Outlawz Keep Tupac's Flame Lit In Concert

Performance was part of weekend conference focused on turning slain rapper's legacy into political message.

OAKLAND, Calif. — Hip-hop groups the Outlawz and Digital Underground helped keep Tupac Shakur's musical torch lit at a concert that was part of a weekend conference focused on the slain rapper.

The Tupac Amaru Shakur — One Nation Conference (

TARGET="_top">click here for photo gallery), held at McClymonds High School, with a concert held Friday in neighboring Berkeley, was a loosely organized party and communal gathering that sought to infuse hip-hop youth culture with a political agenda, using Shakur as the central figure.

"We can't really do what 'Pac was gonna do, but he told us a lot," Outlawz rapper Napoleon said before going onstage at the Berkeley Community Theater. "So we gonna let him come, gonna lead off where we left off on, man. [His most important message was] keep struggling. Don't never give up."

As the Outlawz danced and shouted out to recorded music provided by a DJ, a swarm of friends and volunteers — including members of rapper Ray Luv's posse and Digital Underground singer Mystic (born Mandolyn Ludlum) — swarmed the stage behind them. The group's wireless mics cast feedback through the muddy sound system.

Hussein Fatal, Young Noble, Idi Amin, Castro and Napoleon traded lines while the DJ switched records, then announced a tune from the upcoming third posthumous Tupac album, And Still I Rise. The crew belted out the verse "Change my ways/ Show a little mercy on judgment day" as the DJ laid out a melodic drum & bass groove.

The mics cut out and the house lights began to rise, then the Outlawz returned while listeners onstage threw plastic water bottles at the audience members crowding the front. The music stopped, someone yelled, "Stop throwing stuff!" and security cleared the stage of extraneous personnel.

"Somebody like Tupac comes along maybe once in anybody's lifetime," Digital Underground rapper Money B. said backstage. "His star shines so much ... like Elvis, he's gonna be around forever. I think his music's gonna last and last and last, because it was so from the heart. He didn't candy-coat much — he spoke what he felt, and I think anybody can appreciate that."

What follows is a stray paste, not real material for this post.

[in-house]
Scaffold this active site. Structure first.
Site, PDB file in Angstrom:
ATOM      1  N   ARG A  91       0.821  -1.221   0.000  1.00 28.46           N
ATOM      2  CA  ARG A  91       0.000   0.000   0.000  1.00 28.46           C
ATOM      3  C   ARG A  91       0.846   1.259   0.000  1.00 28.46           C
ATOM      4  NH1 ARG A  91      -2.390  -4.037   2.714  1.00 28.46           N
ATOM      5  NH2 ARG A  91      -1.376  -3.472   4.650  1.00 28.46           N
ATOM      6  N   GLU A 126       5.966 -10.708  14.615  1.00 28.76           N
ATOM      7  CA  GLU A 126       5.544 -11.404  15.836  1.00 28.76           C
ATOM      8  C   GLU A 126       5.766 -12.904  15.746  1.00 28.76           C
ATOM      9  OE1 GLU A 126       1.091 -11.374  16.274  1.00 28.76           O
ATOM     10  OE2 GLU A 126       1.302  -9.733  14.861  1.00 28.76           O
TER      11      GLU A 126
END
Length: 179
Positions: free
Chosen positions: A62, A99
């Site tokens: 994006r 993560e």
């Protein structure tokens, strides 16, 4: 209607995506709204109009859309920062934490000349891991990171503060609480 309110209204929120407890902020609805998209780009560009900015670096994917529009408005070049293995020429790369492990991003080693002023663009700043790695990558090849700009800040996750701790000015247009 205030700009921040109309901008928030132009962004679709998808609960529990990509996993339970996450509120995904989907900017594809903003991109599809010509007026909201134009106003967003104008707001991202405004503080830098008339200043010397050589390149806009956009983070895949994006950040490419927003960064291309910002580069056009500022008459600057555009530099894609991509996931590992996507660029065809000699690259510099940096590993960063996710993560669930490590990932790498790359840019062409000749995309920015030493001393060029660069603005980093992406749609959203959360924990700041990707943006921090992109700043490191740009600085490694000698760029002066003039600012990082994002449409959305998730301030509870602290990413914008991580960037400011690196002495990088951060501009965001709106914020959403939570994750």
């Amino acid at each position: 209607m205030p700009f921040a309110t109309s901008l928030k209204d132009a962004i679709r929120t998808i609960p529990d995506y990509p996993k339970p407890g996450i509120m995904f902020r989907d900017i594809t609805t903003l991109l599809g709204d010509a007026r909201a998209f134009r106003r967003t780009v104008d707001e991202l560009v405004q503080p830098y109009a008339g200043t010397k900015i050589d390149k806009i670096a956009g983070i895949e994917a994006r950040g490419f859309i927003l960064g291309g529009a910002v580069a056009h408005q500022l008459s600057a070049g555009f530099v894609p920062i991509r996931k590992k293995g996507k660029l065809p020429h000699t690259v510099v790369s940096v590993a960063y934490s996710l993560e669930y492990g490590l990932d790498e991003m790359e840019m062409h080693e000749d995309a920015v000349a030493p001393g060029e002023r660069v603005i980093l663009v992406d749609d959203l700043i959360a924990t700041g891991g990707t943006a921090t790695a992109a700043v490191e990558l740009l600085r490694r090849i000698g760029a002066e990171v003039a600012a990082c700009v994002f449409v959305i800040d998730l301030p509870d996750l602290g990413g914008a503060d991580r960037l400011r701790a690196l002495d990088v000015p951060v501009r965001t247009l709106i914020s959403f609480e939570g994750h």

Shakur's brief solo career yielded hits such as "Dear Mama" (RealAudio excerpt) and his "California Love" (RealAudio excerpt) duet with Dr. Dre, and it led to dramatic roles in the films "Juice," "Poetic Justice" and "Gridlock'd."

The rapper died in a Las Vegas drive-by shooting in September 1996.

At the conference, tables at the high school offered Tupac T-shirts,

poetry CDs, political pamphlets on issues such as former Black Panther

David Hilliard's campaign for Oakland City Council, efforts to gain a new trial for Mumia Abu-Jamal and California's controversial juvenile crime initiative, which proposes to treat young gang members as adults.

While the late rapper's sister, Skeyiwa Shakur, and his mother, former Black Panther Afeni Shakur, had been scheduled to address the conference, neither appeared.

Instead, a group of Black Panther Party veterans — including Elmer

"Geronimo ji Jaga" Pratt — blended several planned workshops ("Set

Trippin'," "Transforming Predators Into Nation-Builders," "The History

of the Black Panther Party," "Re-entry Into Society After Incarceration")

into a roundtable discussion.

"This is about trying to build a new generation of youth, of politicizing

youth," Hilliard said Saturday.

"You certainly are organized, because you have a movement, and that

movement is called the hip-hop movement," Hilliard said, addressing the

standing-room-only crowd. "What you lack is any real politicization. This

is an attempt at trying to give you an expression through politics."

Pratt, Hilliard and others spoke on the 1960s rise of the Black Panthers from an amalgam of rival street gangs, the need to squelch gang activity in favor of political activism and the need to turn the hip-hop movement into a vehicle for social change.

Other workshops explored "Male and Female Relations," "The Plight of Political Prisoners and Prisoners of War," and "Tupac 101," led by Leila Steinberg, Shakur's early manager. A Town Hall meeting addressed the juvenile crime initiative, and, earlier in the day, a film highlighted Shakur and his music.

(Be sure to check out the gallery of images from the Tupac conference and concert in the SonicNet Music News of the World on Tuesday, Dec. 7, 1999.)